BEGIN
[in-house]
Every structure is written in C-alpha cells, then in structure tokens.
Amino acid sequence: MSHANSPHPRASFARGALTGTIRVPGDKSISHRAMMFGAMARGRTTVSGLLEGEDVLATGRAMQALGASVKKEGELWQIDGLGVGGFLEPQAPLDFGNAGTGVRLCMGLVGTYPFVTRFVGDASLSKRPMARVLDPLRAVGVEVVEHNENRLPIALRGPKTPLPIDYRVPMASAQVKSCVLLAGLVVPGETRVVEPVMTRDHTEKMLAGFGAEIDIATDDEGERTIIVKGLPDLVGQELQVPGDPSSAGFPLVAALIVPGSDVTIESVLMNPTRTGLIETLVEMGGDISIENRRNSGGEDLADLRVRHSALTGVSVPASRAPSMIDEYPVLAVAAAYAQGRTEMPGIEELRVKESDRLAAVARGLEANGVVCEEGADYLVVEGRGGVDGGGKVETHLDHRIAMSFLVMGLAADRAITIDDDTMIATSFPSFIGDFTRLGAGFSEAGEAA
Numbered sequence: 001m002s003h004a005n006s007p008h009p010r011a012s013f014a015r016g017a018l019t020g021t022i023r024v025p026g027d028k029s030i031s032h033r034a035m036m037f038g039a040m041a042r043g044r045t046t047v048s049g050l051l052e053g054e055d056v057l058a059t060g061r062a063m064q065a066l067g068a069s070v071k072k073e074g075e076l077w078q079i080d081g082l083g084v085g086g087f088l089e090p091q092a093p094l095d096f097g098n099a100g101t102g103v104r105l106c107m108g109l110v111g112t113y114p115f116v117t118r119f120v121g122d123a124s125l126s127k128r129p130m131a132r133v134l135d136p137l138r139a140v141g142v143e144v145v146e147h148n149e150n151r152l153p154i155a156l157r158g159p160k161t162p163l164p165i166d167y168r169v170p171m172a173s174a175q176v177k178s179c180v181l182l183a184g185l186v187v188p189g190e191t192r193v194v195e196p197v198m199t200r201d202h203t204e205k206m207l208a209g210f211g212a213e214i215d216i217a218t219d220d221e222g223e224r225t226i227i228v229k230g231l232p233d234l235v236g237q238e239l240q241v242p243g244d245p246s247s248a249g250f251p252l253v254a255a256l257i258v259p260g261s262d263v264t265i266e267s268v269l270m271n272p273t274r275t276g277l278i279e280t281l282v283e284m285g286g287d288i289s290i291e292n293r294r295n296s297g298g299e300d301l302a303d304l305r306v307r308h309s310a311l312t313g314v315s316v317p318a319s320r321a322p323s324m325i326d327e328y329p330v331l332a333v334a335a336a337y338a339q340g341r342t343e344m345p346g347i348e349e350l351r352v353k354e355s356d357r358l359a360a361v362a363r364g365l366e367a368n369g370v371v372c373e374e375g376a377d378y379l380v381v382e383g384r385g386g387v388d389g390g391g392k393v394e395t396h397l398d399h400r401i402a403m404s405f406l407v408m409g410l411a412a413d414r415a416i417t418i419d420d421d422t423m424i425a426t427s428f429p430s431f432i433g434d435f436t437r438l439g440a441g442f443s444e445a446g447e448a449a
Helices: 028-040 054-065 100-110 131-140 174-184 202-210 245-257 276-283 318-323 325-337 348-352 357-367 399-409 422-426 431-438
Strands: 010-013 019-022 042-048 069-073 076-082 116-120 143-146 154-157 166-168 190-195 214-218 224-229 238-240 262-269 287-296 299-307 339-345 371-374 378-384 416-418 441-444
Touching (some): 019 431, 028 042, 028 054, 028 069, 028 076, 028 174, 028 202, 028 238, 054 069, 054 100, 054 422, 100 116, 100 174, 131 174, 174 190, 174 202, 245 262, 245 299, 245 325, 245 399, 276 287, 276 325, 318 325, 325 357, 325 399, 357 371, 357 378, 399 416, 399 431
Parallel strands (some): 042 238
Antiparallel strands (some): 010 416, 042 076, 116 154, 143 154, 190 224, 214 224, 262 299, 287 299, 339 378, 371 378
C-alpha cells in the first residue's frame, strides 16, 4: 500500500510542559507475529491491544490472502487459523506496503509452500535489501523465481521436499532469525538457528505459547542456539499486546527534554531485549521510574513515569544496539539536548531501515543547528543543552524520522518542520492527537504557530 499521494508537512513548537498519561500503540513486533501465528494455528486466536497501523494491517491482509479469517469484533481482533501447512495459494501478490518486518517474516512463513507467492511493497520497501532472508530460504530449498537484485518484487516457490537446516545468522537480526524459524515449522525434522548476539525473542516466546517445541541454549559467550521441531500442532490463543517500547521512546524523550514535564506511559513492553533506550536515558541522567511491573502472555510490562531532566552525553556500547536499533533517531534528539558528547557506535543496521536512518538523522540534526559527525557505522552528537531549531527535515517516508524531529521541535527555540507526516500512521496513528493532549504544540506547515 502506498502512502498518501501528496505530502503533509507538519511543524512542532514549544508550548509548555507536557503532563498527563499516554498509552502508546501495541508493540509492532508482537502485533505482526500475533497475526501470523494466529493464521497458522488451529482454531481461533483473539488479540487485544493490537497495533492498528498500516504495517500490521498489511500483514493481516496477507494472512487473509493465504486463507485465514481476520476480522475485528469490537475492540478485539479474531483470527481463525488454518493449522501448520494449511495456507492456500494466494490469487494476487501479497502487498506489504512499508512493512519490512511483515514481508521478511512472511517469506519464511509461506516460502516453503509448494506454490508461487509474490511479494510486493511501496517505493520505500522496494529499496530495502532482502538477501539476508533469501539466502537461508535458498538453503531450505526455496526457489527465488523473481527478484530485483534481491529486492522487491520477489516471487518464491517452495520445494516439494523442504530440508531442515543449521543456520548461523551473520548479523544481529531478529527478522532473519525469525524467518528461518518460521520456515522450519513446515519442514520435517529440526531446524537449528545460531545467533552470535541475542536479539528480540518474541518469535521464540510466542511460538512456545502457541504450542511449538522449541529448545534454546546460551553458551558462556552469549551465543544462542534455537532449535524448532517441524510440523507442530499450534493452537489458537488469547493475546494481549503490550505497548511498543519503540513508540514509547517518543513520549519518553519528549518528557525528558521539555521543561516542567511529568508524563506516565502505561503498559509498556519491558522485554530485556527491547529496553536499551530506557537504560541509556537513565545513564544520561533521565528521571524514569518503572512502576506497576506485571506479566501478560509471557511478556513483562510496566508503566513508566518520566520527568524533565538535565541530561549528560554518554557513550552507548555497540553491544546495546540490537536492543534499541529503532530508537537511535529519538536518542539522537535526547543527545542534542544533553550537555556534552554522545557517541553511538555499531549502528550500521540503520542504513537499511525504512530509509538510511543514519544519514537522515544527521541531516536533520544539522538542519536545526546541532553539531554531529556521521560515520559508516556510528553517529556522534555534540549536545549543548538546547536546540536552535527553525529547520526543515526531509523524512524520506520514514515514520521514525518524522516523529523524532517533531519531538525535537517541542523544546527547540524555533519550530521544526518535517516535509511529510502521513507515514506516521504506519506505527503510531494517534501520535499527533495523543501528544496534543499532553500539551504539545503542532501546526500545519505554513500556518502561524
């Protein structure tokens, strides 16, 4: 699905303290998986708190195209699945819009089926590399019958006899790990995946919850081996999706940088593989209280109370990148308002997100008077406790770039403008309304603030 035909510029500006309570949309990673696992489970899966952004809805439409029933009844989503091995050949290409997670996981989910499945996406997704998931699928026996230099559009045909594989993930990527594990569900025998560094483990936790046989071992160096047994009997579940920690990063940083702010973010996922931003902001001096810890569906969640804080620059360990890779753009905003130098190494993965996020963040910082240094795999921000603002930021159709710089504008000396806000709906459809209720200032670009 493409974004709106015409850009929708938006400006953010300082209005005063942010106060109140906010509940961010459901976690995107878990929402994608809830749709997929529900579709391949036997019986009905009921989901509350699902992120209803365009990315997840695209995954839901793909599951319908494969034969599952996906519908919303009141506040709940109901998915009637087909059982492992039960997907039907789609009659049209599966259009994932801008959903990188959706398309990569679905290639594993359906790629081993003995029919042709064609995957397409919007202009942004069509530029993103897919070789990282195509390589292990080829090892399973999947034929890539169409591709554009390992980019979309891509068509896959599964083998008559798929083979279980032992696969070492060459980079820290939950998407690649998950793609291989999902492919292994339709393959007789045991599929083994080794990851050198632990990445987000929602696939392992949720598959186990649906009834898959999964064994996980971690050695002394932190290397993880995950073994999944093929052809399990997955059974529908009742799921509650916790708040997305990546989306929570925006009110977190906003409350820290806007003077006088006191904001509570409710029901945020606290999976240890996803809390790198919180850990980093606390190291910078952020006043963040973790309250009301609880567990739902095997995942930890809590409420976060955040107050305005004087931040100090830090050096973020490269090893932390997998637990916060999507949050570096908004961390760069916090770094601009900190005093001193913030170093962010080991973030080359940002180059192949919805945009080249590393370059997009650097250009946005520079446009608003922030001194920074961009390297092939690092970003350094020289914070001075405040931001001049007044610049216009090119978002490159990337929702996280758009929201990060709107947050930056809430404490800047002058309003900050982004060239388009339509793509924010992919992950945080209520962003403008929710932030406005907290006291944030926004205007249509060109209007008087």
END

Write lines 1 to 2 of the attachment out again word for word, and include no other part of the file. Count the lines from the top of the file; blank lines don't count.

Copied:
[in-house]
Every structure is written in C-alpha cells, then in structure tokens.